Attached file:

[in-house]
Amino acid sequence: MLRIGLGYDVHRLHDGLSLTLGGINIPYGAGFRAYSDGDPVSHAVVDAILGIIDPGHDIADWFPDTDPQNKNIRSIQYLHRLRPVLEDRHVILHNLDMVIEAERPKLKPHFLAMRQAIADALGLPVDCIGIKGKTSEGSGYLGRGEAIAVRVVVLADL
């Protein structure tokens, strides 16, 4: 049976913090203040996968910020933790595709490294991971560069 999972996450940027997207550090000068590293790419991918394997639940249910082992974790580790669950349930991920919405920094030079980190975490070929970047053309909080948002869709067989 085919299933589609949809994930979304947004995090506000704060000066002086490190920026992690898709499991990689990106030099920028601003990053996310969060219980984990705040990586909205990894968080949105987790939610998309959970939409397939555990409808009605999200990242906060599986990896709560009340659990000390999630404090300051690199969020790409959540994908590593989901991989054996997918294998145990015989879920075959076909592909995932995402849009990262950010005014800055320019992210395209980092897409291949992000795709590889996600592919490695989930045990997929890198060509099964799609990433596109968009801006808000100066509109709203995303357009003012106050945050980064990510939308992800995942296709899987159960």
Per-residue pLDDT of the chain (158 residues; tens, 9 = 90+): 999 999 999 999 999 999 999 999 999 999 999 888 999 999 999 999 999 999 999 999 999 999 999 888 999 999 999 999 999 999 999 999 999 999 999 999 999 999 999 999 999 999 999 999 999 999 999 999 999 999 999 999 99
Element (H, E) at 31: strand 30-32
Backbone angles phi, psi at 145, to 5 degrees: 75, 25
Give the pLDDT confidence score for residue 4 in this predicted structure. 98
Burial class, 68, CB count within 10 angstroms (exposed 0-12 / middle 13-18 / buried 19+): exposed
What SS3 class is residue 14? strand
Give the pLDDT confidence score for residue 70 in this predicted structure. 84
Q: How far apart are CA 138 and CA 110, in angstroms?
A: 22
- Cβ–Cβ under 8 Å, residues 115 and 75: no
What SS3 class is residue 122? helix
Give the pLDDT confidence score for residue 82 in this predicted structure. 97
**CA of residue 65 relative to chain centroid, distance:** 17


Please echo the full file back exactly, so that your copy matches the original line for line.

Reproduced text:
[in-house]
Amino acid sequence: MLRIGLGYDVHRLHDGLSLTLGGINIPYGAGFRAYSDGDPVSHAVVDAILGIIDPGHDIADWFPDTDPQNKNIRSIQYLHRLRPVLEDRHVILHNLDMVIEAERPKLKPHFLAMRQAIADALGLPVDCIGIKGKTSEGSGYLGRGEAIAVRVVVLADL
């Protein structure tokens, strides 16, 4: 049976913090203040996968910020933790595709490294991971560069 999972996450940027997207550090000068590293790419991918394997639940249910082992974790580790669950349930991920919405920094030079980190975490070929970047053309909080948002869709067989 085919299933589609949809994930979304947004995090506000704060000066002086490190920026992690898709499991990689990106030099920028601003990053996310969060219980984990705040990586909205990894968080949105987790939610998309959970939409397939555990409808009605999200990242906060599986990896709560009340659990000390999630404090300051690199969020790409959540994908590593989901991989054996997918294998145990015989879920075959076909592909995932995402849009990262950010005014800055320019992210395209980092897409291949992000795709590889996600592919490695989930045990997929890198060509099964799609990433596109968009801006808000100066509109709203995303357009003012106050945050980064990510939308992800995942296709899987159960």
Per-residue pLDDT of the chain (158 residues; tens, 9 = 90+): 999 999 999 999 999 999 999 999 999 999 999 888 999 999 999 999 999 999 999 999 999 999 999 888 999 999 999 999 999 999 999 999 999 999 999 999 999 999 999 999 999 999 999 999 999 999 999 999 999 999 999 999 99
Element (H, E) at 31: strand 30-32
Backbone angles phi, psi at 145, to 5 degrees: 75, 25
Give the pLDDT confidence score for residue 4 in this predicted structure. 98
Burial class, 68, CB count within 10 angstroms (exposed 0-12 / middle 13-18 / buried 19+): exposed
What SS3 class is residue 14? strand
Give the pLDDT confidence score for residue 70 in this predicted structure. 84
Q: How far apart are CA 138 and CA 110, in angstroms?
A: 22
- Cβ–Cβ under 8 Å, residues 115 and 75: no
What SS3 class is residue 122? helix
Give the pLDDT confidence score for residue 82 in this predicted structure. 97
**CA of residue 65 relative to chain centroid, distance:** 17